Learning about Refuge Recovery

Learning about Refuge Recovery - Sober Living & Addiction Blog - Harmony Haus in Austin, TX - image__10_Another way that many people in sobriety engage with the process of recovering emotionally, mentally, and spiritually is participation in Refuge Recovery. Refuge Recovery is an abstinence-based, and Buddhism and mindfulness-based recovery program that ranks high in popularity, along with AA and SMART Recovery.
 
As Refuge Recovery’s website puts it: “Refuge Recovery is a Buddhist-oriented, non-theistic recovery program that does not ask anyone to believe anything, only to trust the process and do the hard work of recovery. In fact, no previous experience or knowledge of Buddhism is required. Recovery is possible, and this program provides a systematic approach to treating and recovering from all forms of addiction. When sincerely practiced, the program can ensure a full recovery from addiction and a life-long sense of well-being and happiness.” (https://www.refugerecovery.org/
 
Refuge Recovery members practice a daily recovery program that includes meetings, meditation and personal inventory, mentorship, retreats and service to others. A standard Refuge Recovery meeting is not dissimilar to an AA meeting, in that a topic or reading is presented and there is a discussion and sharing portion. Uniquely, Refuge Recovery meetings also include a 20-minute meditation. Meditation has been clinically proven to reduce stress, increase positive feelings, and help create a sense of serenity and peace in those who are working on overcoming addictions. Refuge Recovery attendees and members struggle with a variety of addictions, including sex, spending, food, and love--not just addiction to chemical substances. All are welcome!
 
Refuge Recovery uses a main text, like the Big Book. The book that is the basis for the recovery program includes detailed guidance of how to recover using the Buddhist practice of The Four Truths and Eightfold Path of Refuge Recovery, written investigations that explore the causes and conditions of addictions, daily meditation practices, personal stories of recovery, advice and inspiration for finding or creating community and a format for Refuge Recovery meetings. The book was written by the founder of Refuge Recovery; Noah Levine. Although Refuge Recovery is indeed founded on Buddhist principles, the program makes it clear that there is no required spiritual or religious aspect to it--Buddhist principles can be followed as a philosophy, not a religion. So there are many secular members of Refuge Recovery.
 
A possible downside to Refuge Recovery is that there simply aren’t as many Refuge Recovery meetings as there are AA meetings. An AA meeting, especially in a city like Austin, can be found anywhere at any time of day. Refuge Recovery meetings are fewer. In fact, and quite unfortunately, there are currently no in-person Refuge Recovery meetings offered in Austin, although there are some in Houston and San Antonio. Luckily, though, there are many online meetings that you can attend. And, as with any recovery program, you can always work to start your own meeting, which is a very rewarding experience!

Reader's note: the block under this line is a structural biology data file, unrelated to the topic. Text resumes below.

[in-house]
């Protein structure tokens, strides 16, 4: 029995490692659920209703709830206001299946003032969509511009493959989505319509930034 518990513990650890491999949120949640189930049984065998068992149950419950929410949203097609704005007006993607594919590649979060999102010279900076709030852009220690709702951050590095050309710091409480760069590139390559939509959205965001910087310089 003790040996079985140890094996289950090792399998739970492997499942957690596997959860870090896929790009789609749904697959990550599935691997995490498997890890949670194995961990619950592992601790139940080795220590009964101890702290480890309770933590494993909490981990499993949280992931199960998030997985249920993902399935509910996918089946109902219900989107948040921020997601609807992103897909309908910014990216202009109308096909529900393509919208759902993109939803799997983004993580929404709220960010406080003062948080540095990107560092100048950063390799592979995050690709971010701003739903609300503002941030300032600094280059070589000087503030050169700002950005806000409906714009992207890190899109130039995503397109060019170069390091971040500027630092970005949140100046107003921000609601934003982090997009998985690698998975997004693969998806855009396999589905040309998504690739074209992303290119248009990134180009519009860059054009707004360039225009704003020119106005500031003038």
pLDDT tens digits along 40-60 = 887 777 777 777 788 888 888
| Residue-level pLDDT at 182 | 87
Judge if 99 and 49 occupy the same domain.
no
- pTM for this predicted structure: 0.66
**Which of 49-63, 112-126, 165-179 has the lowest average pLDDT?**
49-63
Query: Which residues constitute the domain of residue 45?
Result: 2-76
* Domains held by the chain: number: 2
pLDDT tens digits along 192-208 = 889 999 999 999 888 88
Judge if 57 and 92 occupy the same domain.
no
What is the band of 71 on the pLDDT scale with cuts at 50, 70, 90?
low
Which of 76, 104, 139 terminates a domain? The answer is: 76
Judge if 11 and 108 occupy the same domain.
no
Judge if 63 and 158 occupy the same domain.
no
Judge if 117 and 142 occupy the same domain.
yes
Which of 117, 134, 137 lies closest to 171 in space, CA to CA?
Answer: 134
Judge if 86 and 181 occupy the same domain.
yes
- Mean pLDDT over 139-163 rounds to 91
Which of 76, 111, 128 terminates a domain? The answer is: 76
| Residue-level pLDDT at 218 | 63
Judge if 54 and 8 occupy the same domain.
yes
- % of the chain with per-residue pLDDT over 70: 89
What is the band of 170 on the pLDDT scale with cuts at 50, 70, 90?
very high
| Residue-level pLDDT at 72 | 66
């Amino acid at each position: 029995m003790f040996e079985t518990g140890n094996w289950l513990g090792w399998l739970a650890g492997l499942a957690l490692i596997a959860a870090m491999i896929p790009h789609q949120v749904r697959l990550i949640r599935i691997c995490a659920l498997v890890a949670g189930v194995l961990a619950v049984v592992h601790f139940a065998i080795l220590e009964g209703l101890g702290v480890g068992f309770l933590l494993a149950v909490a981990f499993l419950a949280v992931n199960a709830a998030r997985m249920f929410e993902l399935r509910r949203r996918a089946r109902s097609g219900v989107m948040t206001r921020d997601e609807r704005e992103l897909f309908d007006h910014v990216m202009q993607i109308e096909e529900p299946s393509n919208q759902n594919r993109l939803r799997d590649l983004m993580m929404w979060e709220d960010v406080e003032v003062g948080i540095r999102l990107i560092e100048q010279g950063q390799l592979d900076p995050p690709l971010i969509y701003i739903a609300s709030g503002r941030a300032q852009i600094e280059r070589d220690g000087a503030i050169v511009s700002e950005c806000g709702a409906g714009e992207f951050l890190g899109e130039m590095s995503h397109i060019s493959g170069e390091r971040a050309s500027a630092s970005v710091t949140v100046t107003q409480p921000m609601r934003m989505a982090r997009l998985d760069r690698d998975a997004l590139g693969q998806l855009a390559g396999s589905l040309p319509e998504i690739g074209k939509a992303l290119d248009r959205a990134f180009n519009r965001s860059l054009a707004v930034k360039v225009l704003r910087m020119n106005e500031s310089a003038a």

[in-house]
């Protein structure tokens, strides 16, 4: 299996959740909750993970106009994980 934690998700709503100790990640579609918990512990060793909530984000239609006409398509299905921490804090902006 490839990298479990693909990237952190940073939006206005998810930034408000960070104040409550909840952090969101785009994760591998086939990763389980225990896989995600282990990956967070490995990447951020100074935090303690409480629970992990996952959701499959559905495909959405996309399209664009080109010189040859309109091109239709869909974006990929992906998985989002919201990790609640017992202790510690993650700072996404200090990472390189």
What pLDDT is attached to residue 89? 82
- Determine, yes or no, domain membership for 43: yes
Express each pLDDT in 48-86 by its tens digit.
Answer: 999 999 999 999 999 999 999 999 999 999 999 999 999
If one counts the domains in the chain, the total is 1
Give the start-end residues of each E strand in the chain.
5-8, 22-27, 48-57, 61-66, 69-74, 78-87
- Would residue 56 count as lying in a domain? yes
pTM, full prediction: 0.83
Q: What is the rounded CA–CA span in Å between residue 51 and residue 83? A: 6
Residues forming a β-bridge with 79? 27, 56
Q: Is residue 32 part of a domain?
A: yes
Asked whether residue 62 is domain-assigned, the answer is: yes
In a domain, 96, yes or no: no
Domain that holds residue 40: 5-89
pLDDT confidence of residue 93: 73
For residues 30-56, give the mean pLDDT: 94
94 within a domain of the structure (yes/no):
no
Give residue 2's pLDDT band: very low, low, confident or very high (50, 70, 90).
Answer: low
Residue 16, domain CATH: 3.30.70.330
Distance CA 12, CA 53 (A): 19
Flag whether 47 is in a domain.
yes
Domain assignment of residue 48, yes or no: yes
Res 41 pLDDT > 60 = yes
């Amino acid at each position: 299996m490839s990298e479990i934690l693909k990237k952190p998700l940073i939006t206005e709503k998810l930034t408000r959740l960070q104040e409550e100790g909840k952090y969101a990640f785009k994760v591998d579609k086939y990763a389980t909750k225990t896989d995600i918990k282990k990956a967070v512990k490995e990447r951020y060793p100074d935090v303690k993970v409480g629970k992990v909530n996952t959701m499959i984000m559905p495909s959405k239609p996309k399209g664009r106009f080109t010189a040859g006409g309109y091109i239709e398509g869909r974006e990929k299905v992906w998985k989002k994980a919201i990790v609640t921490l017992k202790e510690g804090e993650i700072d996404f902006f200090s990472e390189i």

This blogger considers himself a Buddhist and has found great comfort in Buddhist teachings and practices throughout his recovery journey. I enjoy going to Austin’s Zen Center for their recovery meditation meeting every Sunday at 6 PM, where meditation is practiced and a non-AA reading is discussed. Meditation is a wonderful way to calm down, and for some reason doing it with a like-minded group of meditators in recovery is very powerful and meaningful. The Four Noble Truths--primarily, that excess desire leads to suffering--is applicable to all humans and perhaps especially to addicts. And, of course, Buddhism is a beautiful and ancient religion filled with deep culture, art, and lore--it is exciting to explore and get to know. As with any recovery program, there is a constellation of activities and practices that should be done in order to achieve serene and joyful sobriety--social connection, meeting attendance, daily practices, accountability, and usually clinical support. Refuge Recovery can be a wonderful piece in your recovery tapestry. Or should I say mandala? If you’re interested, be sure to check out refugerecovery.org or find a copy of their book read it over! 

The Family in Recovery

Active addiction severely strains our relationships with our loved ones. Addicts often engage in many behaviors that cause serious discord within families. We may lash out at others, or withdraw and cut off contact from loved ones. We may steal...

Dealing with a Relapse

Addiction is partly defined as a “chronic and relapsing disease.” In this way, similar to an ailment like diabetes, it takes daily work and lifelong commitment to manage addiction and remain abstinent. The idea is that addiction can be...